So week two has drawn to an end. Here’s a list of the exciting events that have transpired. I meant to make some of these their own separate posts, but who has time for that?
I went to church this weekend. Last time I was here I met a local pastor, Luther Tarpeh, who was trained in Nigeria during the war and has since returned. He’s traveled quite a bit, and is well educated so I enjoy hearing him speak. My favorite driver and entrepreneur, Jonathan Saah, drove me to church. We had my surfboard on the roof of his car, and since church is on the way to the beach, I figured we’d kill two birds with one stone. On the way to church, we got pulled over by the local authorities for violating the traffic law by having something tied to the roof. Jonathan talked to them about it; I talked to them about it. I tried to get a more clear definition of this particular law in question but to no avail. So I asked if the car had a roof rack would it be OK? They said yes because it was made to carry things. So I explained that I had bought the surf bag and straps in America just to put this surfboard on this car. Showing that this was indeed made to carry surfboards on cars. At this point, we had been there for like 5 minutes and they had checked Jonathan’s paper work, which was legit. So they got bored, realized we weren’t going to give them a bribe, and let us go. Jonathan and I had a good laugh about the experience.
The church service was pretty good – a little different than what I was used to, but pretty good. I enjoyed Luther’s message on using our spiritual gifts for God, but they had this PA setup in this little bitty concrete classroom. I’m pretty sure they had no need for a PA in such a room, but they did, and the treble was turned all the way up. It was painfully loud. I wondered if the PA was broken, if no one knew how to operate an equalizer, or if this was the style, to play your music as loud as possible, or a bit of all three. It turned out the PA was Chinese, and all the labels on the knobs where in Chinese. Which is why they weren’t able to correctly tune the sound. Next time I’ll offer my assistance before the service. They had a 10 minute time when people gave testimonies of what God had done in their lives this week. I really liked that. I’m a big fan of the power of the personal story. One lady talked about how her daughter, who had been sick for a month, got better the day after her and the pastor prayed for her. I was also impressed with Luther’s desire to keep things on time. The church had much more of a charismatic flair than I am used to, as you’d expect in Africa, but Luther was the man in following God’s desire for order.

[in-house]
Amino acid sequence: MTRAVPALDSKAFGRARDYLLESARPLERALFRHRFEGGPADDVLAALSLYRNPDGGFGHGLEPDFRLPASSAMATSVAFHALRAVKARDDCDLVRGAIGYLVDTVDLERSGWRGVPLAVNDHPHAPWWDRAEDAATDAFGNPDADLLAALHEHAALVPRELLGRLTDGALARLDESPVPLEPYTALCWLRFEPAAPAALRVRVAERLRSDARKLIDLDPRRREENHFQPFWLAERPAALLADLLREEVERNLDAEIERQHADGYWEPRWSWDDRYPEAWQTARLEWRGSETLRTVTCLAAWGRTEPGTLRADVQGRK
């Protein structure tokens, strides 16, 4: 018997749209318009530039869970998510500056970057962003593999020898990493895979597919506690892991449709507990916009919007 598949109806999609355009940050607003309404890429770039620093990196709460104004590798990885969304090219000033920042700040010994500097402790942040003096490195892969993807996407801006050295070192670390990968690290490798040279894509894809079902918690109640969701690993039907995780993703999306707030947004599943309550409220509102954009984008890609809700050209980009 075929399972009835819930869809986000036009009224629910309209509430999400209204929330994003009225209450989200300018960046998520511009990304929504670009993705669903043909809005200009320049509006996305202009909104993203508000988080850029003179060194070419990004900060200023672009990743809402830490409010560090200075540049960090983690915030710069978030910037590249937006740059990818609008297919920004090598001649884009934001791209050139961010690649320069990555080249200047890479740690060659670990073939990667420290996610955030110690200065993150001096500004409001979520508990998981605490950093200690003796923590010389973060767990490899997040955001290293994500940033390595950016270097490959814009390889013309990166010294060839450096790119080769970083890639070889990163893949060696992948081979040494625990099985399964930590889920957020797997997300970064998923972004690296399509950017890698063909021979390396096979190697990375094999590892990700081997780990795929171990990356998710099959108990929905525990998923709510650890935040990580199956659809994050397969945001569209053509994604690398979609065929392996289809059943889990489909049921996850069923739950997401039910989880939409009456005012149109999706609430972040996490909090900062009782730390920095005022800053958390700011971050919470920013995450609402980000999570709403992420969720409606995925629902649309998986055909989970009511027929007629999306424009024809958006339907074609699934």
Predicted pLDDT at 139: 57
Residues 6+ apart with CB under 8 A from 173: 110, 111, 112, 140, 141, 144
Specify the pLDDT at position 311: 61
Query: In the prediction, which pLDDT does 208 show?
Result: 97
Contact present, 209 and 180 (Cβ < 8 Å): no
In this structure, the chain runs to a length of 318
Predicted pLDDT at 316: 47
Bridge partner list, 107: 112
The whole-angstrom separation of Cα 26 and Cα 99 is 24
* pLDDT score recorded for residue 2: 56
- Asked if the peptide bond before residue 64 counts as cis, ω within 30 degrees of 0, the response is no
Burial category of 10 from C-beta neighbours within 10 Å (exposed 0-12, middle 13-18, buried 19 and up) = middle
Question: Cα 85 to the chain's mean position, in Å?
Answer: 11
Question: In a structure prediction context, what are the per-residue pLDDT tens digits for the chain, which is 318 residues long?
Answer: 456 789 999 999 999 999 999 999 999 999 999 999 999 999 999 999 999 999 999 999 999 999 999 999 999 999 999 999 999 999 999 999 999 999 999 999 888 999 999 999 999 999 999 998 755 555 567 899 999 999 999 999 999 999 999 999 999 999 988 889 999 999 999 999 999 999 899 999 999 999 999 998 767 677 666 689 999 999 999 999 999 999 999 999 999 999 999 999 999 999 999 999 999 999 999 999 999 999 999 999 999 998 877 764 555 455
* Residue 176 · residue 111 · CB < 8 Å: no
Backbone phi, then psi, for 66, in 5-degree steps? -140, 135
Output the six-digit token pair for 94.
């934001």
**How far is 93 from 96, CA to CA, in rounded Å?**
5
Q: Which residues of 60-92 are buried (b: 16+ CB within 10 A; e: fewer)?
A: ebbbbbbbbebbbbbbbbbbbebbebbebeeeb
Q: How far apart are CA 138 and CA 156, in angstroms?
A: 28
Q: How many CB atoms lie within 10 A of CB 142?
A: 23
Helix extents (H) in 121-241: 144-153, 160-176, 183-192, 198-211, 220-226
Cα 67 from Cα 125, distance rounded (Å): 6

This church is located in Harbel, which is in the Firestone rubber plantation. I’m not a big fan of Firestone, and today didn’t make me like them anymore. The majority of the church members work for and live on the Firestone plantation. After the church service we had a baptism. They said it was going to be in the river. So I thought, “cool, a nice baptism in a cool tropical river.” It turned out to be a damned up river where everyone washes their clothes, and as best I could tell, where the sewer run-off goes; it was disgusting. Luther prayed that God would bless the water; I prayed that he would sterilize it. It just blew my mind that this is how these people live, and they find it acceptable to swim in such filth. It’s also revolting that an American company, that could easily afford to provide clean running water for it’s employees and proper sanitation, doesn’t. There’s no way they’d expect an American employee to live this way, and what’s the difference between an American and Liberian? I’d pay $10 more for a tire if I knew these people would be living an acceptable life. In Firestone’s defense, they do provide housing, schools, and a clinic for their employees, and their employees are the fortunate 20% of Liberians who have jobs, but Firestone still falls far short.
It was cool to see the baptism and the excitement of the people there. They kept singing “I Have Decided to Follow Jesus,” which was really cool. I’m a big fan of their prolific use of old hymns. No Passion CDs or talk of the latest David Crowder album here. They have some local songs that I’m sure I’d like if I could understand them. I really like old hymns.
The night before, at a party, I met a girl who’s boyfriend surfed. So after church I met up with them at Al Jehazi beach. Apparently, this is the beach to surf at. I met four other surfers there. The waves were pretty big, and I didn’t get up, which sucked, but it was still cool meeting other surfers. I’m hoping to surf with them more. In the pictures to the right you can see Sam catching a nice ride.
In other news, I obtained by residency permit on Monday. I’m now able to live here for a year. I received a TRC ID card. Now I’m all official. And my first Ecobank checkbook arrived. At first, I wasn’t too impressed; the checks are just stapled together. But then I noticed that they do have holograms, so now I’m impressed. My Wachovia checks don’t have holograms.
This is a picture of the TRC public hearings in the Centennial Pavilion in downtown Monrovia just so you guys can get an idea of what they look like. This is the building where Liberians inaugurate their presidents.